“Wait, what?” I said, hurrying to catch up. “The rest of us? The rest of us what?”

Megan pressed her lips together and glanced sideways at me. “You’re not the only smart kid in the school, you know.”

“I…” I trailed off. I’d been going to say that I knew that, of course – only clearly I didn’t. All this time I’d thought I was the only freakazoid hiding out in this teenage shark pit, alone and misunderstood, when really… I shook my head like a dog twitching away a fly. “How many?” I asked as I tagged along at Megan’s shoulder. I had no idea where she was going, but she hadn’t told me to get lost yet, and that was something.

Megan murmured something too soft to catch, then stopped, hands fisted at her sides, staring at me.

I caught myself shrinking away from her again and forced myself to straighten. Geez, I was twice her height, and even if she was smart enough to understand what I’d said back in maths, I was still arrogant enough to know I was smarter than her. I didn’t need to shrink from her.

“Four,” she said, laser-sights blazing. “Five, if we’ll have you.”

“If you’ll… have me?” Once more, I found myself wrong-footed and gaping. I should have realised then what that meant, but no guy jumps to the conclusion that a tidgey girl half his size could whip him arse over nostrils with his own intelligence and then run three times around the metaphorical block before he’d even got his feet under him again. I’m not saying it can’t happen – bloody hell, Megan is a monster – I’m just saying it’s not expected, all right? I’m not sexist. Megan’d eat me alive if I was.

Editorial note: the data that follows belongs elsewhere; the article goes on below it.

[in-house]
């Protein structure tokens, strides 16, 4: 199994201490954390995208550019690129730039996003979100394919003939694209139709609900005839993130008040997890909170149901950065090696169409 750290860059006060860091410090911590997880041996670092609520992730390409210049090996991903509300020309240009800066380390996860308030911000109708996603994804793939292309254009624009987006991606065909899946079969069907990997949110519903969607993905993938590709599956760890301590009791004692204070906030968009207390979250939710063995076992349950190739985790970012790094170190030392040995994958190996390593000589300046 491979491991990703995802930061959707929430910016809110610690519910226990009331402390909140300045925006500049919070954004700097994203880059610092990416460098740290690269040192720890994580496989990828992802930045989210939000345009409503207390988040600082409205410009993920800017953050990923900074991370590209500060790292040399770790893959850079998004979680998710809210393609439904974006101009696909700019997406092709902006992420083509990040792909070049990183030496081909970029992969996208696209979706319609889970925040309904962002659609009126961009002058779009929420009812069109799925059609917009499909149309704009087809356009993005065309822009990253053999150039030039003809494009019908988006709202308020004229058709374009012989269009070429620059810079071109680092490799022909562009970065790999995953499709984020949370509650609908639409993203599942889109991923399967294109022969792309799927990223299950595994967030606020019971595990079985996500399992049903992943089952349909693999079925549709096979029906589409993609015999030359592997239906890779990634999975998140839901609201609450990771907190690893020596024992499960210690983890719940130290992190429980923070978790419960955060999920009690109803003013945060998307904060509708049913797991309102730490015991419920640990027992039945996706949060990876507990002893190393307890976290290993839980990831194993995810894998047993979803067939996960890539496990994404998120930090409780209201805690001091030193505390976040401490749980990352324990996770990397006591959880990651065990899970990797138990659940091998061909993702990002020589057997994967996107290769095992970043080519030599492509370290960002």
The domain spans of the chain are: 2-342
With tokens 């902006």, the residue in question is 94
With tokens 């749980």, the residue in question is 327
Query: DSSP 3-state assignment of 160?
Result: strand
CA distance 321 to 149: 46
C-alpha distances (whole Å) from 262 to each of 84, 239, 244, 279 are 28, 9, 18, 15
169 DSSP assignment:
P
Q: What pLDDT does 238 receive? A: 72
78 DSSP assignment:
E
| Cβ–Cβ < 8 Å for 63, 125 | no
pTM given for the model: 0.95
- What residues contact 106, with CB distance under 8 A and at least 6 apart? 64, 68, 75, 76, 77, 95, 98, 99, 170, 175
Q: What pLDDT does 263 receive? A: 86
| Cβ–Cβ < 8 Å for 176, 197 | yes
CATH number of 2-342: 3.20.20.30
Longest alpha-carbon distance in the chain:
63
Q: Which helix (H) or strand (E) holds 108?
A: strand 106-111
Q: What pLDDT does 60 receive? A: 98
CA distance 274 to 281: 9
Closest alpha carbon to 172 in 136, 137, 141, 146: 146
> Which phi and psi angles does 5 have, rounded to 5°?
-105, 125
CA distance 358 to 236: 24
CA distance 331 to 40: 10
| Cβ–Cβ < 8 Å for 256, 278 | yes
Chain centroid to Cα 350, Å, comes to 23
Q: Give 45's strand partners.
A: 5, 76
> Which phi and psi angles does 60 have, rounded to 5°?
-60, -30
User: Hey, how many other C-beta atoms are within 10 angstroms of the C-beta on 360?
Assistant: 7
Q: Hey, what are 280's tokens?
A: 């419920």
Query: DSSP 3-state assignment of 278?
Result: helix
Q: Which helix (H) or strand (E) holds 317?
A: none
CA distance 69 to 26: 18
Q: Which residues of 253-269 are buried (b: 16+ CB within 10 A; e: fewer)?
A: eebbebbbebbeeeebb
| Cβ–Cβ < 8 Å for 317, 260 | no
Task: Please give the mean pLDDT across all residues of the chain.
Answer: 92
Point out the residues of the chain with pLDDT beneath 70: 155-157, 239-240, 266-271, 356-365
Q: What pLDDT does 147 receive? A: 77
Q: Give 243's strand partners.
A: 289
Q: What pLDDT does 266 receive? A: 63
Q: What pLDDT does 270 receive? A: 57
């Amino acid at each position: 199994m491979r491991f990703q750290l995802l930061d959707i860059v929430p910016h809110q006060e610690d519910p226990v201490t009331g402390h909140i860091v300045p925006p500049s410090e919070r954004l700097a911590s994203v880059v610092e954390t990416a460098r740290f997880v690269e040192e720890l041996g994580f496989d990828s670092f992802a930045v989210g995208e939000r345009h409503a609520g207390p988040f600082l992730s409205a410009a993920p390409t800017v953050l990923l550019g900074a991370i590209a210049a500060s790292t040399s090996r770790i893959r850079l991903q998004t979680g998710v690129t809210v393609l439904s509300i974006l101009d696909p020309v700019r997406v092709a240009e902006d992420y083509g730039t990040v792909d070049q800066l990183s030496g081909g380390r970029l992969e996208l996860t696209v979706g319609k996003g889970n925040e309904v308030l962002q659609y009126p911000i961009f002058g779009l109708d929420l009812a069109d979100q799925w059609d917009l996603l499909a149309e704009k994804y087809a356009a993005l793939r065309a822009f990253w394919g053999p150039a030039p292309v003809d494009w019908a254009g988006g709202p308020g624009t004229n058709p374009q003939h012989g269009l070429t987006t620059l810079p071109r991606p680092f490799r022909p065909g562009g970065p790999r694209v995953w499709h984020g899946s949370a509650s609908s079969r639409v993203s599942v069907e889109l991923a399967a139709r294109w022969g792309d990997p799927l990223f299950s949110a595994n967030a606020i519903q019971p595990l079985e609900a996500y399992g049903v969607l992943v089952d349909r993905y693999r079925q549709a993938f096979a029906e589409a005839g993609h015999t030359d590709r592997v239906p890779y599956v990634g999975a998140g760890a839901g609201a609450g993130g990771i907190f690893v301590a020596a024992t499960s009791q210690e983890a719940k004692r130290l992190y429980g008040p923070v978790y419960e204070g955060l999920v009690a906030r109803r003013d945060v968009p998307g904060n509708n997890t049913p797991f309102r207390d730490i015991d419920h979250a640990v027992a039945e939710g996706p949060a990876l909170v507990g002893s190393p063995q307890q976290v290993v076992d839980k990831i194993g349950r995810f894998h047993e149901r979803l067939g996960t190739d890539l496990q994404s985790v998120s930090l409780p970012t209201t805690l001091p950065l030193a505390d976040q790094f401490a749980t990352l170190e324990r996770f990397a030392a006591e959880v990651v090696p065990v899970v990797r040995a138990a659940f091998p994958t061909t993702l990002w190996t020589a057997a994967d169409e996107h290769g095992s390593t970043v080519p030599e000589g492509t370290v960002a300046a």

“Yes, if we’ll have you. And just because you’re smart, don’t think we will. You’ve been enough of a dickhead the last three years that Greg’ll blow his nut when he sees you tagging along.” She spun around and marched off again.

“Wait, what?” I said, beginning to feel that that might be a fairly standard comeback to any conversation Megan was in charge of. “Tagging along to what?

“You’ll see,” she said primly, turning a corner and shouldering her way through a glass door.

For a millisecond, I froze, mouth open like some gobbing goldfish, staring at the door. She had not just gone through that door without opening it. No way. I blinked. No, of course she hadn’t; there she was, holding the door open for me, impatience clearer than daylight. Of course she hadn’t gone through the door. Dimwit.

“Come on,” she said, continuing her march down the corridor. Before I could open my mouth and make an idiot of myself yet again – which would be what, like ten times in as many minutes? Dude, seriously: what was going on with the world? – she stopped outside a classroom door and took a deep breath. Her commando-queen fa├žade slipped for a moment and she shot me a nervous glance. “Ready?”

I shrugged. “As I’ll ever be.”

[To be continued next month...]

Wednesday, March 1, 2017

Glass

Isabelle took off her glasses, squinting in an attempt to see the hand she held outstretched in front of her face. All that her eyes showed was a great blur. Frustrated, she returned the glasses to their accustomed place and stared at her fingers thoughtfully.

‘How could you think they are artist’s hands?’ her mother’s voice echoed through her mind. ‘It is quite obvious that they are a pianist’s hands. Anyone could see that.’

‘It’s true,’ Isabelle’s father had agreed, adjusting his glasses. ‘No-one could mistake it.’

“Well, I obviously could.” Isabelle grumbled to herself. “Why can’t they see what I see?” Sighing, she picked up her pencil, began to draw.

In the town of Un Vue, named so because the view from the nearby hill, while not as great as the town of La Vue, was still somewhat spectacular, each and every person wore glasses. Upon the week of their first spoken sentence, every child would receive brand-new glasses and, upon the day of their death, those glasses would be buried with them. As if to mediocritize everything more, all of the glasses were the same, from colour to shape, not a single thing differed among them. Because of this universal similarity, not a single person noticed the presence of their glasses in any particular way, just as no-one would really notice that another person had two eyes. It was the way everyone was, from generation to generation.